World Water Day 2019: Leaving no one behind
Published: 22 March 2019
The analytical scenario tool was developed by Deltares and piloted by Kimberly-Clark in 2017. The aim was to study water risks in river basins in Colombia where Kimberly Clark’s tissue mills are located. Given the positive results of that study – such as inclusion of all actors and a more balanced water distribution in the watershed – it was decided to proceed with the development of a more accessible, web-based, version of the WaterLOUPE tool.
This web-based version was deployed in the Western Cape province of South Africa in February 2019. The tool, which can be tailored to any specific catchment, can be used by manufacturing facilities, governments and NGOs, as well as farmers and other businesses, to support the development of local plans for water stewardship in order to fulfil Sustainable Development Goal 6, clean water for everyone.
“It is crucial that we focus on the whole watershed with all local stakeholders” – Vetri Dhagumudi, Kimberly-Clark
“The theme for this year’s World Water Day is Leaving No One Behind,” said Vetri Dhagumudi, Global Water Programme Leader for Kimberly-Clark. “When we launched our programme, the goal was to reduce our water usage to a sustainable level. But we quickly realised that we couldn’t just focus on our own facilities. It is crucial that we focus on the whole watershed and work with local stakeholders to understand the ultimate water risk. That way, no one gets left behind.”
Kimberly-Clark also released an online documentary today. The documentary, in which Deltares participated, describes how the WaterLOUPE tool was introduced to more than thirty community and government leaders in the Western Cape. Like many other places around the globe, the Western Cape has had severe freshwater shortages in recent years. Cape Town made headlines in early 2018 as the world’s first metropolis to come within days of “Day Zero,” the point at which drinking water supplies run out.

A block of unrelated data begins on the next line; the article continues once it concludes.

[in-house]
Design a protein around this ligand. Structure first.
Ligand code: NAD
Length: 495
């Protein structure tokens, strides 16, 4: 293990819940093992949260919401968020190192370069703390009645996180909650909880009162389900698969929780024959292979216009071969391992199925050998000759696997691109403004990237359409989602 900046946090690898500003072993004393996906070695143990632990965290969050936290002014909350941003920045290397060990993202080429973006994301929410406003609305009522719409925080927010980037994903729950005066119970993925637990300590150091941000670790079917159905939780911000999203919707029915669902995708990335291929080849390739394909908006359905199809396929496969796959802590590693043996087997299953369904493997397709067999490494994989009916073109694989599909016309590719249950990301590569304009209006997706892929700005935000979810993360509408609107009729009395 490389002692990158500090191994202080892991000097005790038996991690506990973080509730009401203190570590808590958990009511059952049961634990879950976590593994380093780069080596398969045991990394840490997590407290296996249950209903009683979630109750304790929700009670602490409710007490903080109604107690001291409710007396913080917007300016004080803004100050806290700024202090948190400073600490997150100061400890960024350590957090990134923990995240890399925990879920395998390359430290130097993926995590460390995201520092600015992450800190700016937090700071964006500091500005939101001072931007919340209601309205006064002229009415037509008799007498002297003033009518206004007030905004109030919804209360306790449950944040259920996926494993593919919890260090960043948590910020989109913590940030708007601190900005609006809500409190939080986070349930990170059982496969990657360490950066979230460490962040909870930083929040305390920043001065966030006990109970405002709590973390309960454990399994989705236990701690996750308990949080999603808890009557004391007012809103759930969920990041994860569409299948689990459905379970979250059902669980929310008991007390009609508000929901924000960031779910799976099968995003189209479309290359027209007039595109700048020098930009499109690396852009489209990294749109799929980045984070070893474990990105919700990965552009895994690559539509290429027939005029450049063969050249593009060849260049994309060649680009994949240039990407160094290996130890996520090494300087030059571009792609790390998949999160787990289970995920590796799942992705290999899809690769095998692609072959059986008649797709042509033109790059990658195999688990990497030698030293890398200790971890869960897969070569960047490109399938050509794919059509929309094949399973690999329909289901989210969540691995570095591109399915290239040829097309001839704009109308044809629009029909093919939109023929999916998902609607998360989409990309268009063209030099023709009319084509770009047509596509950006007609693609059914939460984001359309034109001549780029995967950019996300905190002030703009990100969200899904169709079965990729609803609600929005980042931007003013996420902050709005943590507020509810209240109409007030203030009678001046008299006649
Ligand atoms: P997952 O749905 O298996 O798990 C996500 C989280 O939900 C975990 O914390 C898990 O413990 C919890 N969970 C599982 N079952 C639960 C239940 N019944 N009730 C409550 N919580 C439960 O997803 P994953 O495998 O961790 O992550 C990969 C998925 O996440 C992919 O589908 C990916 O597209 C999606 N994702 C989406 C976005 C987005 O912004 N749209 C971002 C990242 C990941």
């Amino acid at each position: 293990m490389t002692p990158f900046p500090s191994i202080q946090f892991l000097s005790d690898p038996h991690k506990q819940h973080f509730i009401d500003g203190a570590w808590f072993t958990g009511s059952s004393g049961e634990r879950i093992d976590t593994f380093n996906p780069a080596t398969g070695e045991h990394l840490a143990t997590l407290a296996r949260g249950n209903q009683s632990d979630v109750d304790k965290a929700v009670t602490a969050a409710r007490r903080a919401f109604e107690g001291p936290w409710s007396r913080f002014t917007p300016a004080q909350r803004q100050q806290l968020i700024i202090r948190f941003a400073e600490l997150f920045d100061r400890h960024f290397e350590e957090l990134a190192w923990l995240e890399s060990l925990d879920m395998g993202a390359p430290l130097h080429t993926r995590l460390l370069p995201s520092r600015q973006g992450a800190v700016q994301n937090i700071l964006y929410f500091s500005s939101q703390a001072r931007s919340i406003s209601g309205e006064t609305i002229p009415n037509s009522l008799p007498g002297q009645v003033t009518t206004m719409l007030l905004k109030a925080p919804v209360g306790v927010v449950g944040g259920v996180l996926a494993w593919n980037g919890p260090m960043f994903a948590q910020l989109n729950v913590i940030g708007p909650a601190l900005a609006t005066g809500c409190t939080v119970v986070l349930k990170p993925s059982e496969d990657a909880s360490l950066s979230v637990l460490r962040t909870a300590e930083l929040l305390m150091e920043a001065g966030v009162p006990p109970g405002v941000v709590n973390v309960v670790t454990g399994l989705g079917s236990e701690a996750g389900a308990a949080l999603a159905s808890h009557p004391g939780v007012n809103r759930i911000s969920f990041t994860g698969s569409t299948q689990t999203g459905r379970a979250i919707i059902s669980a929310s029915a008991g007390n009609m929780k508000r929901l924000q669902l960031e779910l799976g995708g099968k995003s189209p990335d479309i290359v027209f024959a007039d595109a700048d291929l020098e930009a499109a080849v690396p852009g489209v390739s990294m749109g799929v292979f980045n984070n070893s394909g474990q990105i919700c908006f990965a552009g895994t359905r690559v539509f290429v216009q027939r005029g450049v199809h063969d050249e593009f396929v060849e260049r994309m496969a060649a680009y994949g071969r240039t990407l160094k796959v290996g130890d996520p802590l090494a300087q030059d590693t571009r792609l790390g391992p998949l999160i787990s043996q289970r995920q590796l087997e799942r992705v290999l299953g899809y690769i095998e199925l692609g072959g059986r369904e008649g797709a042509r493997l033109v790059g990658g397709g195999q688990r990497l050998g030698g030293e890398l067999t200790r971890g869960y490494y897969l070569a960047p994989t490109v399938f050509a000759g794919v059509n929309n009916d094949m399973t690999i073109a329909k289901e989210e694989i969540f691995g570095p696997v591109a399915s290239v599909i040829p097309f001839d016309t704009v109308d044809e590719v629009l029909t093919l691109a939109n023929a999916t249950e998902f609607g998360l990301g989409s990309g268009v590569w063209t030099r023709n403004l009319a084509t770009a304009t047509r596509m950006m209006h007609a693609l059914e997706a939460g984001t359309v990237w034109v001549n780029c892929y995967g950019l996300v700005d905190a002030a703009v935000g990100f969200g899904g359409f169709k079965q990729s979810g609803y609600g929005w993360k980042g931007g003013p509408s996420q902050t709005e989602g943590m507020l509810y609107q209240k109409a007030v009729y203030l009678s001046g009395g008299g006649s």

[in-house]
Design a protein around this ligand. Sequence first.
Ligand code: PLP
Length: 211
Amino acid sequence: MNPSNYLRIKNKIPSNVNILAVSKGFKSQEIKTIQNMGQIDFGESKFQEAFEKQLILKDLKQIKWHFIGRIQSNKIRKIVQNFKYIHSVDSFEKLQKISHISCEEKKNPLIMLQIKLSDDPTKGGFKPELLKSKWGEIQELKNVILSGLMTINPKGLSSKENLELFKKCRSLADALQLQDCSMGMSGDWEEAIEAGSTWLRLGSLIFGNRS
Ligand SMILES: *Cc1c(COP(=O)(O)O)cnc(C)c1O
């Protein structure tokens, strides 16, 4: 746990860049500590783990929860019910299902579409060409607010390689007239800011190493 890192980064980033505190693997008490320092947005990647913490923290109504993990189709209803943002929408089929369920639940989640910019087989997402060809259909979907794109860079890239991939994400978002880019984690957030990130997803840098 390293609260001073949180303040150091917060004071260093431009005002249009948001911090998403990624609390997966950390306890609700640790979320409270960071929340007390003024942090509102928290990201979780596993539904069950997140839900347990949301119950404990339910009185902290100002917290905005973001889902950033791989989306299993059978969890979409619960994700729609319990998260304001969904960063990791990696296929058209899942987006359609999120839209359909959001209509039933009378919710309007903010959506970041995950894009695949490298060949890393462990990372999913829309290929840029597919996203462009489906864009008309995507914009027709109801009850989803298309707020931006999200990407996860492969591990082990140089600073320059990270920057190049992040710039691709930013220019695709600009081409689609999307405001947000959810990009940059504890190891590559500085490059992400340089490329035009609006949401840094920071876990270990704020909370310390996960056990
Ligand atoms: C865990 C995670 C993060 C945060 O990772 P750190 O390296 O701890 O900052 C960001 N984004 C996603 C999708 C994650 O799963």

“The first phase of the workshop in the Western Cape provided specific local data based on experiences in the catchment which enriched the scientifically proven WaterLOUPE tool. This empowered community leaders because their voices were heard and now they oversee the water scarcity risks of the entire watershed over a thirty-year period,” said Dimmie Hendriks, Senior Drought Expert at Deltares.
“We had to save our way out of a drought” – Christine Colvin, WWF South Africa
“Everyone in this area is pretty much dependent on the Western Cape water supply system,” Christine Colvin, Freshwater Senior Manager, WWF South Africa, commented during the WaterLOUPE water scarcity workshop. “We realised that we could not rely on new sources of water coming within that short time horizon. We had to save our way out of a drought. Bringing different stakeholders to the table helps us to unpack different perspectives of water risk that are present in that system and look for sustainable solutions for now and generations to come.”
Kimberly-Clark plans to implement WaterLOUPE in the twelve water-stressed regions around the world where it operates. The tool is currently being applied in Colombia, Brazil, Argentina, Peru, and South Africa.
To view the documentary on the workshop in Cape Town released today HERE